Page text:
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Life Lessons from to Kill a Mockingbird

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Urooba Hashim

Ms. Thompson

ELA 20 SAGE

December 27, 2017

Life Lessons from To Kill A Mockingbird

What life lessons can a book possibly teach? Regardless of where or who a man is, they are continually learning something new each and every day, either about themselves or about the atmosphere around them, be it from another person or a book. Harper Lee’s heartwarming novel To Kill A Mockingbird, teaches its readers many crucial life lessons. Furthermore, as the story progresses, readers gain a lot of knowledge from the events that took place in the book, for example, the trial of Tom Robinson and children’s fascination with Boo Radley. The life lessons were essentially taught by Atticus Finch, and the Finch’s neighbour, Miss Maudie Atkinson. Readers were educated these life lessons through Jean Louise Finch and Jem Finch. The three most important lessons taught in To Kill A Mockingbird are: courage is not simply shown in one's physical being, however should be a mental capability too, remaining true to oneself regardless of what the circumstances are, and that people should not pass judgment on others without genuinely understanding who they are.

One of the main life lessons that Atticus teaches to Scout is that courage is not only a physical trait of a person yet the mental alertness for what lies ahead down the road in his or her life. “‘Easy does it, son,’ Atticus would say. ‘She’s an old lady and she’s ill. You just hold your head high and be a gentleman. Whatever she says to you, it’s your job not to let her make you mad’” (Lee, 134). In addition, as of now in the novel, Jem is pondering on what Atticus had said to him in regards to being fearless and overcoming Mrs. Dubose's comments. At this point, Jem continues explaining how solid and courageous Atticus is when welcoming her. Atticus reliably acts amiable towards her and gives her the report of the courthouse news for that day in spite of the disturbing comments made by Mrs. Dubose. Correspondingly, Atticus can possibly be himself regardless of the situation, and approach everybody with respect despite of when he may not even have any desire to which demonstrates his comfort with leaving the norm. Readers can apply this straightforwardly to their lives by living in the direction they choose and not fearing putting themselves out there to go astray.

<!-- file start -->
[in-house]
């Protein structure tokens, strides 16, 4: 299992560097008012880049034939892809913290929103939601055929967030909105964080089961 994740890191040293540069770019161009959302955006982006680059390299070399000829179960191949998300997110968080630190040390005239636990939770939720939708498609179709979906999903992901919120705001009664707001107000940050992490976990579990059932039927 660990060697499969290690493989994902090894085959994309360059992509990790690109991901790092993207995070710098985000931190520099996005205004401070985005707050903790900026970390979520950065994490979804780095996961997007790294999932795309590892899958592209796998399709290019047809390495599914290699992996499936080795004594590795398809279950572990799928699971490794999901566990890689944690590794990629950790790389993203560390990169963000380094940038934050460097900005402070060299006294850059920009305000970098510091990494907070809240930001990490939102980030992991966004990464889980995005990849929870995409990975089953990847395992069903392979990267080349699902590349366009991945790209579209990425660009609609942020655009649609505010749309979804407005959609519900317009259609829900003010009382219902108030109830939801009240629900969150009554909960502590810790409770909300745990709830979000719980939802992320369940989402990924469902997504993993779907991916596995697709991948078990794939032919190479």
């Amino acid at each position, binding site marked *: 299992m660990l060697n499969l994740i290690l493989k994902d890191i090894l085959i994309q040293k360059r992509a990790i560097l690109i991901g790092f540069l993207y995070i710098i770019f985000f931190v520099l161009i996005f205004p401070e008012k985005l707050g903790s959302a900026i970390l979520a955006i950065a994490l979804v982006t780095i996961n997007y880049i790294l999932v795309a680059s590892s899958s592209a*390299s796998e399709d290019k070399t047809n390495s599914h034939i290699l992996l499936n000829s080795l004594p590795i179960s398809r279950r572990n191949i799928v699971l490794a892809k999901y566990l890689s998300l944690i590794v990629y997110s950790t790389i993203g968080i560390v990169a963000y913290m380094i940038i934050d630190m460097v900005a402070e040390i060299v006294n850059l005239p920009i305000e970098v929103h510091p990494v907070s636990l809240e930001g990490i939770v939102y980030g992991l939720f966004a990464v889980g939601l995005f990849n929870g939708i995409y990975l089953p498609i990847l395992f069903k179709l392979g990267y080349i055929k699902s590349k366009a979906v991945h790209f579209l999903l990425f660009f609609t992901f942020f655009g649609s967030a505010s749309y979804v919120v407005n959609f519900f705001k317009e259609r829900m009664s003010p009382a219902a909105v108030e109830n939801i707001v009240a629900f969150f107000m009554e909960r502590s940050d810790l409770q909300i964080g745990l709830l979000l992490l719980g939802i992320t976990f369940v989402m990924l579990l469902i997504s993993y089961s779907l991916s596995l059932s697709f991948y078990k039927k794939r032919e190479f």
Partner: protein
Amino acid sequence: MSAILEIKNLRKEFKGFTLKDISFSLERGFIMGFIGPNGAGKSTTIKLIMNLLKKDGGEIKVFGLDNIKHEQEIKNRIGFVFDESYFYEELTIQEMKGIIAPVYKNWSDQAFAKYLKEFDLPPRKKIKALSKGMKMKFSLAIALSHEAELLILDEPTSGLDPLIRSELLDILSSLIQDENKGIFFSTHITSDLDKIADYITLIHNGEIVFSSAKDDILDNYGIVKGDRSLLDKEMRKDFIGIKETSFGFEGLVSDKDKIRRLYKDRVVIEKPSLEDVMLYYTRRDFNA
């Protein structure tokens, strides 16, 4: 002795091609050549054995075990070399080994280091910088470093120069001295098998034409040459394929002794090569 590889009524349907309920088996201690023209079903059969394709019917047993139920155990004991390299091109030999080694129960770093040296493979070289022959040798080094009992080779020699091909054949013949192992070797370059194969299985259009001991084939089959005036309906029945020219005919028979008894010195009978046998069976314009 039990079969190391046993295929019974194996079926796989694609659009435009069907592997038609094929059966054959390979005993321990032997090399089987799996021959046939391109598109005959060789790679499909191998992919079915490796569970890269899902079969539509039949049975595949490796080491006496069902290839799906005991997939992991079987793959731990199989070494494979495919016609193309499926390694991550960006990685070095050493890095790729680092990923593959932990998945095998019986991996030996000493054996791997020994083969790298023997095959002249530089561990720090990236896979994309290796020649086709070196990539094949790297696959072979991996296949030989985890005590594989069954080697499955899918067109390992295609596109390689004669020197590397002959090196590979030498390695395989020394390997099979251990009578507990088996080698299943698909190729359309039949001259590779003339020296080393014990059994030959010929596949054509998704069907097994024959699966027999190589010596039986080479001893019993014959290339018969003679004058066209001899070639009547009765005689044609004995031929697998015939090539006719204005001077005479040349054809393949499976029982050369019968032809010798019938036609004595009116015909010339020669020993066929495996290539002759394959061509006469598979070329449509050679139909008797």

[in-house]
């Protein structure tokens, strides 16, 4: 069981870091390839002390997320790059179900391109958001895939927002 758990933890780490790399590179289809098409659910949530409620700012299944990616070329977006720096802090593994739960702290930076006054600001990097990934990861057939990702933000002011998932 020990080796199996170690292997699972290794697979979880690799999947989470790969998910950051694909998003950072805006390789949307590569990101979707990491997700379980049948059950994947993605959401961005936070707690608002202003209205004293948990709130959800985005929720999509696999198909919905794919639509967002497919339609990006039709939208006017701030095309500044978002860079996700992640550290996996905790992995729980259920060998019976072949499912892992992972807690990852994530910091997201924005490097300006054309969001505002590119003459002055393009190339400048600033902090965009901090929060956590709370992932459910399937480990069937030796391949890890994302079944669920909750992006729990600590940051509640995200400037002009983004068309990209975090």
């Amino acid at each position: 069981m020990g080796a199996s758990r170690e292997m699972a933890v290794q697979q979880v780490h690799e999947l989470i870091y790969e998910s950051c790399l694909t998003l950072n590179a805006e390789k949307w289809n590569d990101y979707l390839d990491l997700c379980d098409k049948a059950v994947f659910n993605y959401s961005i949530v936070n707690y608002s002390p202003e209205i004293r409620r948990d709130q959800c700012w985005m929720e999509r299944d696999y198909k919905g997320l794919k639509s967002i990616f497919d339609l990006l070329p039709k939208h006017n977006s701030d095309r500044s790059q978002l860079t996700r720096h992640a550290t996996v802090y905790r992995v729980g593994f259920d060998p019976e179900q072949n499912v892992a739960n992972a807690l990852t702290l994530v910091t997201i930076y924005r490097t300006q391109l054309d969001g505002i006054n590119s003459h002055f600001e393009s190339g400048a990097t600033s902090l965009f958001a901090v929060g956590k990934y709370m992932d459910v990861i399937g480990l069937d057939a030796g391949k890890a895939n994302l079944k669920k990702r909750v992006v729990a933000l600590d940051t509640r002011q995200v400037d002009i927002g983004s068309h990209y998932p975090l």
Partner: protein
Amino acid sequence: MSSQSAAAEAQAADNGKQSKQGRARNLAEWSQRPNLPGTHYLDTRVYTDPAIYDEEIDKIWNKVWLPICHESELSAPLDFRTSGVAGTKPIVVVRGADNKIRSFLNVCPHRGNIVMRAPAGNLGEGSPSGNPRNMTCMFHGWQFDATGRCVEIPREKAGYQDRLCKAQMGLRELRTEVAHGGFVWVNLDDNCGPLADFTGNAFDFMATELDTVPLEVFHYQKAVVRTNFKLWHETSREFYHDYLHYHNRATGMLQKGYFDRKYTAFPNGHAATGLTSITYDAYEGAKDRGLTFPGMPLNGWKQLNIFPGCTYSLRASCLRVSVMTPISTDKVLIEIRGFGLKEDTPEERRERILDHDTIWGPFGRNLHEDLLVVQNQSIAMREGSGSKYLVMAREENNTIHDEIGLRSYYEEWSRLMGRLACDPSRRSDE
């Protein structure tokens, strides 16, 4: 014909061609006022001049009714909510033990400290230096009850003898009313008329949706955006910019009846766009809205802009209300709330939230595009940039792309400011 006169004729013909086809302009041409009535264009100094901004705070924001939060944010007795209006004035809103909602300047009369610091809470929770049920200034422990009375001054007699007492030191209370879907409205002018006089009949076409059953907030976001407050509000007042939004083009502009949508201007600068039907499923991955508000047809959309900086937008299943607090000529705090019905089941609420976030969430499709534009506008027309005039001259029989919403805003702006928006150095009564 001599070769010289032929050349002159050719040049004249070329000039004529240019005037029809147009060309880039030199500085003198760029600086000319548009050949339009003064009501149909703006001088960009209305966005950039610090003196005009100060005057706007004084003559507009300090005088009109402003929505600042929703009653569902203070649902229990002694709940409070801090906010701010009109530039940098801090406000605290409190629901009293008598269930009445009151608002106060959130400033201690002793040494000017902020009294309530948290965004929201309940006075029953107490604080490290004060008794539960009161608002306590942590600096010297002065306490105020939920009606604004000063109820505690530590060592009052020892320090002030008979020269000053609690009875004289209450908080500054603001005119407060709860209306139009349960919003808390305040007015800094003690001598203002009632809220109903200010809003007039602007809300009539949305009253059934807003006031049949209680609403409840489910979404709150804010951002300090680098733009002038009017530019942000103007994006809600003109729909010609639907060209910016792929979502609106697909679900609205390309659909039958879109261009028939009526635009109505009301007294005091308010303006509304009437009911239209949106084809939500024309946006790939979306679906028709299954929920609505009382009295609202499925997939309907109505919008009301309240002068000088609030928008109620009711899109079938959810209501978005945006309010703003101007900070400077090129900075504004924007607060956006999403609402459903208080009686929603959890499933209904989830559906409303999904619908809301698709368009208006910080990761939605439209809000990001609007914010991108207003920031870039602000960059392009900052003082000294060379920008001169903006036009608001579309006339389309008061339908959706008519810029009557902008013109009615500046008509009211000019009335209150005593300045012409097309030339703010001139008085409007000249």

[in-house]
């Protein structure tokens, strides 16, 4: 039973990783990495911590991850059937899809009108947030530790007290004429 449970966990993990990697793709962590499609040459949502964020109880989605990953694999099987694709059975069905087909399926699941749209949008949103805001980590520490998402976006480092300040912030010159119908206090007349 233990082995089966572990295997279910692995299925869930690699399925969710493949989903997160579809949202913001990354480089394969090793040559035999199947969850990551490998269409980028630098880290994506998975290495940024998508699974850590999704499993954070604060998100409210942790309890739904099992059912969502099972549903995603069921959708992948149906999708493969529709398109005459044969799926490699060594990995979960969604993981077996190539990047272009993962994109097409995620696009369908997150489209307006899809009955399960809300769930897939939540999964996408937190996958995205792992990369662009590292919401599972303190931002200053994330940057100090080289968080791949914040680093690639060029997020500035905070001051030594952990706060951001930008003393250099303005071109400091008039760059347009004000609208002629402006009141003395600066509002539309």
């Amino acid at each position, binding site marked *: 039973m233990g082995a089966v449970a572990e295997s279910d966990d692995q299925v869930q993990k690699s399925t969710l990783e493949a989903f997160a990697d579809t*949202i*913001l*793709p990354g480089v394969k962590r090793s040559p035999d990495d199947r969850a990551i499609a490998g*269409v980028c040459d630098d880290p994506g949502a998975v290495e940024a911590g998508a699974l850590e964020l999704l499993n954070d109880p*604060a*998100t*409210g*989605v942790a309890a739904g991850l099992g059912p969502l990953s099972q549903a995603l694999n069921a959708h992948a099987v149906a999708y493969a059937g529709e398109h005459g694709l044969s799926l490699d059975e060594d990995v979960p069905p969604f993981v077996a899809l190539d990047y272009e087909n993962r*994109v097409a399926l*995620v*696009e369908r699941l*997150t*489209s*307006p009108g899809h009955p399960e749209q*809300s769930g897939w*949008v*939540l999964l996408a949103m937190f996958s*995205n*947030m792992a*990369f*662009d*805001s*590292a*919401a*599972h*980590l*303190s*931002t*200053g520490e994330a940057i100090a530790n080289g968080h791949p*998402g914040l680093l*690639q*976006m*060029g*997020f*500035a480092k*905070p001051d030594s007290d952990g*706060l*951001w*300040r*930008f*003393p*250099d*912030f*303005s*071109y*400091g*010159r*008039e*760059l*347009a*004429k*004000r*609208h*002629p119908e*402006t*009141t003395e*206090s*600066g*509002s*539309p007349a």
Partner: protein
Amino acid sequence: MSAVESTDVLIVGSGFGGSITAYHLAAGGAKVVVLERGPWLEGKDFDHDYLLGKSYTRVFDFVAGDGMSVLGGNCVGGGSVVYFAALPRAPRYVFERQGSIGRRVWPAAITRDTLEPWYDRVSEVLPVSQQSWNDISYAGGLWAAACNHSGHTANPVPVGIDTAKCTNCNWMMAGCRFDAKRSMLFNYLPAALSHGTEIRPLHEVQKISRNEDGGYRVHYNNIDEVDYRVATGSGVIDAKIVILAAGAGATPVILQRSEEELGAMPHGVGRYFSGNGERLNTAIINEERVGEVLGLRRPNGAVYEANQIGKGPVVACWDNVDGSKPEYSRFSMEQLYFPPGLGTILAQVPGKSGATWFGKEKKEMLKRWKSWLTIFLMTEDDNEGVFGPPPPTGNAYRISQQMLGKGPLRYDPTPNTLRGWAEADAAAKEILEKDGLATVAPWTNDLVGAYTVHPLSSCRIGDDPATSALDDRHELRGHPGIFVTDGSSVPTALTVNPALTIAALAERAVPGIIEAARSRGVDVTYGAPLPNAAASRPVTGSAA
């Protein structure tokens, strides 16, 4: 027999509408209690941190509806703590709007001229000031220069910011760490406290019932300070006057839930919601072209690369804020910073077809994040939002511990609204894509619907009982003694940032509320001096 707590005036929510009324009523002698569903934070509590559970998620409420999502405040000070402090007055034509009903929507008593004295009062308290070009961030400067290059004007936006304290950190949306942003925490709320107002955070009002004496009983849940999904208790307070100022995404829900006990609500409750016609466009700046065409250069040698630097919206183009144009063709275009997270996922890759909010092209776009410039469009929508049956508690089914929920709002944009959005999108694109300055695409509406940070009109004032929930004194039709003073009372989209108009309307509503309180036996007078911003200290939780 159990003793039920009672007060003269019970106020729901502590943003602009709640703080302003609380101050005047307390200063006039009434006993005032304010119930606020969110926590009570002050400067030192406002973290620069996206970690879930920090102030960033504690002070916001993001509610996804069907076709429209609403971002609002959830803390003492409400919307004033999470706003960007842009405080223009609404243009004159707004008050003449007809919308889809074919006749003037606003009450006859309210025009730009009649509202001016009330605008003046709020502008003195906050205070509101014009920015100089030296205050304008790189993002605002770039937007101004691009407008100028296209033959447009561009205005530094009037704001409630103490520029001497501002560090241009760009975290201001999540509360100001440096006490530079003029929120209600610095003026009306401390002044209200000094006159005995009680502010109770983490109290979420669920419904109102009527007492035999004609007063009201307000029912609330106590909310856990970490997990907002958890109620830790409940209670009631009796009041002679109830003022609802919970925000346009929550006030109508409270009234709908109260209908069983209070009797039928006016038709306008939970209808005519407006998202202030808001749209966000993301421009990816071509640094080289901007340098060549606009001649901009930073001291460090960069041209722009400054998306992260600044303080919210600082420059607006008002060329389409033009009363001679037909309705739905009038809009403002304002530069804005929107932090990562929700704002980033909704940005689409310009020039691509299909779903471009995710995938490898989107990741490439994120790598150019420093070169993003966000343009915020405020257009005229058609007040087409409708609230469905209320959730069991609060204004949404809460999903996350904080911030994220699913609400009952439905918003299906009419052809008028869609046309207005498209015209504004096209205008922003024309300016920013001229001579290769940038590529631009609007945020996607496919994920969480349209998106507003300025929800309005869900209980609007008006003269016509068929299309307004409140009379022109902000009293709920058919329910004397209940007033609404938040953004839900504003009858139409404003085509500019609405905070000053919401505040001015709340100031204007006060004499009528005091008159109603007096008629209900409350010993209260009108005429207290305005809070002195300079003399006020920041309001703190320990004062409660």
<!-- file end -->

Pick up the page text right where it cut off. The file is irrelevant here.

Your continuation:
Secondly, one of the life lessons Mrs. Maudie educates to Scout and that Atticus lives as he is simply a living example, is remaining true to oneself regardless of the circumstances. Lee states, “Atticus Finch is the same in his house as he is on public streets” (61). Now in the book, Mrs. Maudie and Scout are having a discussion about the variety of men in Maycomb County and how Atticus does not display hypocrisy. In like manner, he reliably goes about as a respectable, selfless lawyer for Maycomb County. Readers can apply this to their lives by continually ensuring that they generally comprehend that they are peculiar. Moreover, God calls a wide range of people to do all sorts of different things, so people have to do those things in their way since that is exactly their identity.

At last, the most significant and insistent life lesson in this novel is that people should not pass judgment on an individual without genuinely understanding all that they have survived and their identity. "You never really understand a person until you consider things from his point of view – until you climb into his skin and walk around it" (Lee, 39). In other words, readers are learning that it is hard to understand what other people are going through, unless they are in a similar situation. Currently in the novel, Scout is just getting back home from her first day of school and is whining about how Miss Caroline was annoyed with her when she discovered that Scout already knew how to read. Atticus was trying to calm her down and make her consider how Miss Caroline is concerned that she can't accommodate the rest of the class while she concentrates on simply her abilities. Readers can apply this to their lives since they continually judge individuals; it is exactly how they have been raised. After all, we have to truly understand someone before passing comments on them.

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